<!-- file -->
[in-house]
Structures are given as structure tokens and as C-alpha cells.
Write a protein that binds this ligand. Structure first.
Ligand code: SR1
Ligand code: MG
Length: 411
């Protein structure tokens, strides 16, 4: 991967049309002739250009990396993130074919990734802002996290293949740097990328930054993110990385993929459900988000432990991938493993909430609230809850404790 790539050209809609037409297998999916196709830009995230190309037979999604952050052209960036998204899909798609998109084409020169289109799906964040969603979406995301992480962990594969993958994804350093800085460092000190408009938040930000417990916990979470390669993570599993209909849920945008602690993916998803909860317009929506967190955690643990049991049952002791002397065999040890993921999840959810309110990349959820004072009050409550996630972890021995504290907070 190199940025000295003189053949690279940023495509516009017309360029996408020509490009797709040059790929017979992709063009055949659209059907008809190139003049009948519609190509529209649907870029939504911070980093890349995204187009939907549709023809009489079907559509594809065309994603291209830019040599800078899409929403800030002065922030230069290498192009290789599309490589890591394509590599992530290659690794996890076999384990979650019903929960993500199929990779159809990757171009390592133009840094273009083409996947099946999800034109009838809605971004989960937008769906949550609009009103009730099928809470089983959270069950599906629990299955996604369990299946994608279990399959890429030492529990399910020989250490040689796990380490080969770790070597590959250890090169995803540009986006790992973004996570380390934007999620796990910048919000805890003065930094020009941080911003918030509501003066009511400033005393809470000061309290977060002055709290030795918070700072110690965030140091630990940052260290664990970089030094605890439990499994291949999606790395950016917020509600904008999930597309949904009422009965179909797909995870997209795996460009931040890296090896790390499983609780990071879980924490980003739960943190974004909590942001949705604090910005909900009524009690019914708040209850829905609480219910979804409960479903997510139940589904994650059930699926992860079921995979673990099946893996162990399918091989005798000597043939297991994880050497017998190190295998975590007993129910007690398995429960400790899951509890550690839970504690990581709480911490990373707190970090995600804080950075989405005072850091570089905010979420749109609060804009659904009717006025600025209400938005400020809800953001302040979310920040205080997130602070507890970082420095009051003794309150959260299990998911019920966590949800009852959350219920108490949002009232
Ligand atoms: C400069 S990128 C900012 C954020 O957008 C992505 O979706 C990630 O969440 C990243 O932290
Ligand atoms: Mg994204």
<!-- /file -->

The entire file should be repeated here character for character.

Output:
[in-house]
Structures are given as structure tokens and as C-alpha cells.
Write a protein that binds this ligand. Structure first.
Ligand code: SR1
Ligand code: MG
Length: 411
């Protein structure tokens, strides 16, 4: 991967049309002739250009990396993130074919990734802002996290293949740097990328930054993110990385993929459900988000432990991938493993909430609230809850404790 790539050209809609037409297998999916196709830009995230190309037979999604952050052209960036998204899909798609998109084409020169289109799906964040969603979406995301992480962990594969993958994804350093800085460092000190408009938040930000417990916990979470390669993570599993209909849920945008602690993916998803909860317009929506967190955690643990049991049952002791002397065999040890993921999840959810309110990349959820004072009050409550996630972890021995504290907070 190199940025000295003189053949690279940023495509516009017309360029996408020509490009797709040059790929017979992709063009055949659209059907008809190139003049009948519609190509529209649907870029939504911070980093890349995204187009939907549709023809009489079907559509594809065309994603291209830019040599800078899409929403800030002065922030230069290498192009290789599309490589890591394509590599992530290659690794996890076999384990979650019903929960993500199929990779159809990757171009390592133009840094273009083409996947099946999800034109009838809605971004989960937008769906949550609009009103009730099928809470089983959270069950599906629990299955996604369990299946994608279990399959890429030492529990399910020989250490040689796990380490080969770790070597590959250890090169995803540009986006790992973004996570380390934007999620796990910048919000805890003065930094020009941080911003918030509501003066009511400033005393809470000061309290977060002055709290030795918070700072110690965030140091630990940052260290664990970089030094605890439990499994291949999606790395950016917020509600904008999930597309949904009422009965179909797909995870997209795996460009931040890296090896790390499983609780990071879980924490980003739960943190974004909590942001949705604090910005909900009524009690019914708040209850829905609480219910979804409960479903997510139940589904994650059930699926992860079921995979673990099946893996162990399918091989005798000597043939297991994880050497017998190190295998975590007993129910007690398995429960400790899951509890550690839970504690990581709480911490990373707190970090995600804080950075989405005072850091570089905010979420749109609060804009659904009717006025600025209400938005400020809800953001302040979310920040205080997130602070507890970082420095009051003794309150959260299990998911019920966590949800009852959350219920108490949002009232
Ligand atoms: C400069 S990128 C900012 C954020 O957008 C992505 O979706 C990630 O969440 C990243 O932290
Ligand atoms: Mg994204």